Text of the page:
An extraordinary letter has appeared in The Telegraph this morning, online version here, a letter so bizarre that it elevates those chirpy Eurovision Song Contest result package links to communiqués of Kissingerian consequence. Signed by a clutch of GP chavs, it appears to be the brainchild of a scuba-diving Masonic medical wax chandler (motto: Non Angelus sed Anglus – No Angel but at least I’m English) who, tellingly, lists Conservative poiltics as one of his ‘interests’, which is putting it mildly: here he is blogging in 2009 about what the Tories are going to do to the Labour legacy once the Tories had achieved the ‘moral authority of victory’ in the 2010 election. Taken together with today’s Telegraph letter, it appears that Pimlico GP Dr Jonathon Munday’s zeal for nuking Labour legislation is matched only by an equal and opposite zeal for propping up Broken Arrow’s dud legislation.
Dr No is not going to pursue the ad hominem argument – Munday is more than able to make his own case, sitting as he does at the deeper end of the diving pool – except to underline the obvious: Munday is not so much acting here as a medical practitioner of independent mind, as a political activist who happens to be a doctor. Instead, Dr No intends to point out that the pro-Tory NHS reform Telegraph letter has holes in it the size of Saturn’s rings.
It opens with a munificently sweeping statement that hints – and indeed fools the Torygraph into believing – that the signatory GPs represent over a thousand general practices, not to mention seven million patients – over thirteen percent of England’s population. This is disingenuity on a stellar scale: the letter represents the views of the signatories, and the signatories alone; and this disingenuity sets the tone for the remainder of the letter. It continues:
‘First, the reforms are not revolutionary but an evolution and a natural conclusion of the GP commissioning role that began with fundholding in the 1990s, and, more recently, of the previous government’s agenda of GP polysystems and practice-based commissioning.’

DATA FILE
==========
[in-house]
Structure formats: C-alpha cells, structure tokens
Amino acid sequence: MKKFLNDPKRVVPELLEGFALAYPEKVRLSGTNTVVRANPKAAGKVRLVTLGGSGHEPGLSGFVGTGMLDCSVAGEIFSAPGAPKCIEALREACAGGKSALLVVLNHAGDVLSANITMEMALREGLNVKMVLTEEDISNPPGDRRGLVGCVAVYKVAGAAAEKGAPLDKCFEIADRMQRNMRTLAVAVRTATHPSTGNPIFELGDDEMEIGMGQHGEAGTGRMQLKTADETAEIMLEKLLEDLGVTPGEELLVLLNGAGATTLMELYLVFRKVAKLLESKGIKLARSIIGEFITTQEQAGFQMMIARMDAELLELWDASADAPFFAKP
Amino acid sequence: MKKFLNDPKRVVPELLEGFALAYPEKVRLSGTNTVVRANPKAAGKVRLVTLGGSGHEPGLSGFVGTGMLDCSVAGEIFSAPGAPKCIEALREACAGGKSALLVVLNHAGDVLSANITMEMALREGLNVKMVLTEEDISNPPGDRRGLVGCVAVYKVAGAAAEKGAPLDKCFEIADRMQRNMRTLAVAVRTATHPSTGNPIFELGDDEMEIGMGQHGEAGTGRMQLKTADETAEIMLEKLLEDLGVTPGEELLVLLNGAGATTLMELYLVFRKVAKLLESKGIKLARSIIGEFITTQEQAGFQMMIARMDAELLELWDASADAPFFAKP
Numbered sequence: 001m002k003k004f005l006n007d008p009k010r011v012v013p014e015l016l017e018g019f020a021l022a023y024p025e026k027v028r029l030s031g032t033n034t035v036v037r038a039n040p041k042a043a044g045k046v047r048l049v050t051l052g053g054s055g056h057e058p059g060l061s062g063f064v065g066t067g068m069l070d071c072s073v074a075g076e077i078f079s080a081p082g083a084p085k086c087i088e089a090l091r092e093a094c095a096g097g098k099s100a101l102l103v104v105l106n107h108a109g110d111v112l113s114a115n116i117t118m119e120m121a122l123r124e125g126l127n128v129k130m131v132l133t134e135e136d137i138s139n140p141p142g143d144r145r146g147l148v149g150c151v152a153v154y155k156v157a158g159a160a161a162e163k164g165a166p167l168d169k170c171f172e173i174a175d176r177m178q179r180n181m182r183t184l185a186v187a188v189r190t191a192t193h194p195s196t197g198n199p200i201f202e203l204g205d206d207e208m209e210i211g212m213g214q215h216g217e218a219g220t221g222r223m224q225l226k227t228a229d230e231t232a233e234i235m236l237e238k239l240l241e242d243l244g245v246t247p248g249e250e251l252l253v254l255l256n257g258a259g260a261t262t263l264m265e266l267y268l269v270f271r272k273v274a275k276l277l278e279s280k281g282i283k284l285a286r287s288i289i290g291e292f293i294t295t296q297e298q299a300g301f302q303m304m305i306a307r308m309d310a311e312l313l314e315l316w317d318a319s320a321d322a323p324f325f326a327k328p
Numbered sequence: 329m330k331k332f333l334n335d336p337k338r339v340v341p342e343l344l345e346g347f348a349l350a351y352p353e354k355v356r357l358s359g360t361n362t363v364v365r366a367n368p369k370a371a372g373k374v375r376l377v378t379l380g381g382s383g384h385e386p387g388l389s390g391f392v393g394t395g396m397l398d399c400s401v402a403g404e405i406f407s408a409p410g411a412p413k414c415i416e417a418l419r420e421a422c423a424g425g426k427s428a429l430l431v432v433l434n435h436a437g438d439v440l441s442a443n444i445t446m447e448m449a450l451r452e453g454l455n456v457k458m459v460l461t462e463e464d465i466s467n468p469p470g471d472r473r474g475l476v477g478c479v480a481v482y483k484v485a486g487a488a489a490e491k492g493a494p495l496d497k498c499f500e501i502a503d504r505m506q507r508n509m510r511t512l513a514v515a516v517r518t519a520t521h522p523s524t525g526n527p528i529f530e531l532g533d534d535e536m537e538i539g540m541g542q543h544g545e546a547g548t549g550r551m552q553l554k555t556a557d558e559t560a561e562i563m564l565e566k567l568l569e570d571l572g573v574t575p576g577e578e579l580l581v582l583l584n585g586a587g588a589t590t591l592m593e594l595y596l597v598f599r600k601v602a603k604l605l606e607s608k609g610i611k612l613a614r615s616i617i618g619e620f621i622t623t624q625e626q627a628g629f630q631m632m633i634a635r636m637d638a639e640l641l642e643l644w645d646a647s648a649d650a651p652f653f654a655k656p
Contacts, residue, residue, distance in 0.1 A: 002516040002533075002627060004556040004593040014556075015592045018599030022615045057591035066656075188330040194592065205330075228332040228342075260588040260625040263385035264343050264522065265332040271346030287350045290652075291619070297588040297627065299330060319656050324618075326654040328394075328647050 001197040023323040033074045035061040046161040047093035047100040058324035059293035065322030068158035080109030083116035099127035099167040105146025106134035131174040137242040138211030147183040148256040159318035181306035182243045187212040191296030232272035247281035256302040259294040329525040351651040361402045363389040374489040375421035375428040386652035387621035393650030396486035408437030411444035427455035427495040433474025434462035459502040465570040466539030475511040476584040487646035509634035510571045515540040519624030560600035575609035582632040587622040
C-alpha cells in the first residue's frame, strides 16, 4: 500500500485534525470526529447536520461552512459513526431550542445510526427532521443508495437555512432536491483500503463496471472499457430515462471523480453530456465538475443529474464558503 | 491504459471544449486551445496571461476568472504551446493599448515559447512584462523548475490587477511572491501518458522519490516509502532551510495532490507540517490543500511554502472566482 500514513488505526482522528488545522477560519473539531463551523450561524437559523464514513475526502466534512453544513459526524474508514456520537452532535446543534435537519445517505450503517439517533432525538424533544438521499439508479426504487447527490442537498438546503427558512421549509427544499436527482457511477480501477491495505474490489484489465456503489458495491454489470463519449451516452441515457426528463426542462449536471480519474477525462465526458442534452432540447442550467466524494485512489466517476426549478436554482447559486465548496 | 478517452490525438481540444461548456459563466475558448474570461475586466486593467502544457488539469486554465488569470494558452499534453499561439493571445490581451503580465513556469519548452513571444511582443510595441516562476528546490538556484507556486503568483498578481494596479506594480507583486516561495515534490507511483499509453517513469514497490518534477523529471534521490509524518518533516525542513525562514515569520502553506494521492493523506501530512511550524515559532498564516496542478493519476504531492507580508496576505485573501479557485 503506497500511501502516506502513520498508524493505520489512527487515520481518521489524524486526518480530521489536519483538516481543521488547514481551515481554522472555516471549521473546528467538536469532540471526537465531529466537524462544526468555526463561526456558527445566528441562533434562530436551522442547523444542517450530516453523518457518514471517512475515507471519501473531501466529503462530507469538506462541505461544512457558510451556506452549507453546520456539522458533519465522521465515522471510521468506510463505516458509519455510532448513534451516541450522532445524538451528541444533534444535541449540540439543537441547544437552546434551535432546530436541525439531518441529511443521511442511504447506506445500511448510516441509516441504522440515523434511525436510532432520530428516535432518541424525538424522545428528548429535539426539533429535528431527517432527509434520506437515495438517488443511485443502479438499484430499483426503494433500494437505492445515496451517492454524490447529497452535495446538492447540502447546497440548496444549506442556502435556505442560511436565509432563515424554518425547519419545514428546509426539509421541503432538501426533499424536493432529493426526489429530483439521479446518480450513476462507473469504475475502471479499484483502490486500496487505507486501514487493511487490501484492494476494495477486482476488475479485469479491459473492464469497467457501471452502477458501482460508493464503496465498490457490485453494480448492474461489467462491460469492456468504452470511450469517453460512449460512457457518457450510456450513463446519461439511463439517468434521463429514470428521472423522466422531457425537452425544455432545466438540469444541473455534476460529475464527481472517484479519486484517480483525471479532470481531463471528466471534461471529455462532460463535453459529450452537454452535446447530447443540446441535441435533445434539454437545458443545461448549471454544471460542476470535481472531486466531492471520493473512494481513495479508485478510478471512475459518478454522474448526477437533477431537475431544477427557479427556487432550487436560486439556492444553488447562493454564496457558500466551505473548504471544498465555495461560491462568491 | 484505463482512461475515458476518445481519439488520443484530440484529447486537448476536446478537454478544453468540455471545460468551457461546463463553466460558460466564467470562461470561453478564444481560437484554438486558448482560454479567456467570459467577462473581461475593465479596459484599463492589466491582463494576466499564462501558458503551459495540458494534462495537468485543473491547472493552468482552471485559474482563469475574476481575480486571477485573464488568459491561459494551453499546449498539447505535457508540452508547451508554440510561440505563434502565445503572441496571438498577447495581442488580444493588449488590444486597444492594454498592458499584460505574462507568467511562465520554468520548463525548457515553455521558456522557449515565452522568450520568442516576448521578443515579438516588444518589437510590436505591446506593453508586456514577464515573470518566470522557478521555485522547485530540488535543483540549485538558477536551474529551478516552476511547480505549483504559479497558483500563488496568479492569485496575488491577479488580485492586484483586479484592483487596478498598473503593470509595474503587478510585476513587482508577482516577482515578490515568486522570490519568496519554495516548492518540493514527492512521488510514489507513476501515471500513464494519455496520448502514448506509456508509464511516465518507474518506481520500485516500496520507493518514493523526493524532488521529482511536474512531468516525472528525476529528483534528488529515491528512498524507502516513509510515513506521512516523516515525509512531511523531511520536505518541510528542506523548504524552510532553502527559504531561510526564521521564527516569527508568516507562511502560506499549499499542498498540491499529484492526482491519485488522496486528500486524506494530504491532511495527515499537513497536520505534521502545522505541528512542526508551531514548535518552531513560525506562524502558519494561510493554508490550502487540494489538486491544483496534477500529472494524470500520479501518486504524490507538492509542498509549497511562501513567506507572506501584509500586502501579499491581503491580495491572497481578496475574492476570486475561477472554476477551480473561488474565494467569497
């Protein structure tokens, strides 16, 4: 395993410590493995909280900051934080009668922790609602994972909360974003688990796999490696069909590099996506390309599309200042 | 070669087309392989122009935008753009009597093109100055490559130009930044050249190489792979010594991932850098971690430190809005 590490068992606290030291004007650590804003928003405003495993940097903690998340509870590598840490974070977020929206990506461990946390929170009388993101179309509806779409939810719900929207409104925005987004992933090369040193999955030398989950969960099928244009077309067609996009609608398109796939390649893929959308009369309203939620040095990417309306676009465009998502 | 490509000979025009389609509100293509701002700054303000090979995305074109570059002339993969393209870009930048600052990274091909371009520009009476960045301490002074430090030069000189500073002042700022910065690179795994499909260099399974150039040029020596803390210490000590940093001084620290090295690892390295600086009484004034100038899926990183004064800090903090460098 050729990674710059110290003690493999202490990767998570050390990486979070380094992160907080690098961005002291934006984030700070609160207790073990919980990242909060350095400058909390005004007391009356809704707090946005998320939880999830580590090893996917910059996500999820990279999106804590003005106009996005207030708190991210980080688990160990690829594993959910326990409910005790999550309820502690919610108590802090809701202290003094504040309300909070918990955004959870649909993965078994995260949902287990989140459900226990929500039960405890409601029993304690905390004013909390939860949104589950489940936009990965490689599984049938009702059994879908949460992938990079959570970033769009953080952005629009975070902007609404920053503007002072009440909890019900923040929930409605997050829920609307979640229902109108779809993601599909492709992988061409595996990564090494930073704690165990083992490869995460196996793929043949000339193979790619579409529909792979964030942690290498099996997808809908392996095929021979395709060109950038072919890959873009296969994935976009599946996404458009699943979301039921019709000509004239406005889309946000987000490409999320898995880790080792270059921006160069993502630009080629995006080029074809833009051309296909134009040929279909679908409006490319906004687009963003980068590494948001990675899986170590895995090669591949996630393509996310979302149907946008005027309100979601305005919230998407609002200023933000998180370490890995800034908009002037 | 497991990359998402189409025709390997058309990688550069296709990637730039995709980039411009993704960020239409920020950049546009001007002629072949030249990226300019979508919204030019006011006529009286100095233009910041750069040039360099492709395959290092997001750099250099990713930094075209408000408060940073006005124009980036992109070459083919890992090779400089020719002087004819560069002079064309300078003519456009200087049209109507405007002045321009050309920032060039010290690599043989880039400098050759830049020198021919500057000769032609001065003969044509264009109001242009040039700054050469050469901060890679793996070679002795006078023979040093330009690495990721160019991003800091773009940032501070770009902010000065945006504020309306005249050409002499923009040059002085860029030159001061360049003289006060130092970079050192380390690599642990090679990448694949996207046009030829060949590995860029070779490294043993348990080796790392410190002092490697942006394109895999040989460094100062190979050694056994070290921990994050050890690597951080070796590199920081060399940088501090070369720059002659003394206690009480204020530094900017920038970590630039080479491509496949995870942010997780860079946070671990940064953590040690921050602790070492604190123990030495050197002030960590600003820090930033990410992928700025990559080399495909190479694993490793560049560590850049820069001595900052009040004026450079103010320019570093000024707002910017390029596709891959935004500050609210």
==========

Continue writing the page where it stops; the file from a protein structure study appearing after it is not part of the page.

Apart from the unfortunate effect of suggesting GPs might have more to do with filling cracks in walls (and no doubt papering over them too) than looking after patients, this sentence is in direct opposition to the truth. The reforms – dubbed by NHS Chief Exucutive, David Nicholson, who also likes to take the extra-terrestrial view, as so large that they could be ‘seen from space’ – threaten the biggest shake-up the health service has seen since it’s inception, more big bang than gentle growth. And while it is true that Labour tinkered with practice based commisioning for enthusiasts, Tory initiated fundholding died in the late 1990s because it didn’t work. The current reforms are not much a ‘natural conclusion’ of fundholding, as a thinly disguised attempt to resucitate that long dead Tory beast. A short while later we have a summary of the voluminous (currently 400+ page) Bill:
‘All that has been proposed [in the bill] is that, instead of clinicians working under the direction of bureaucrats, the balance of influence and responsibility should change.’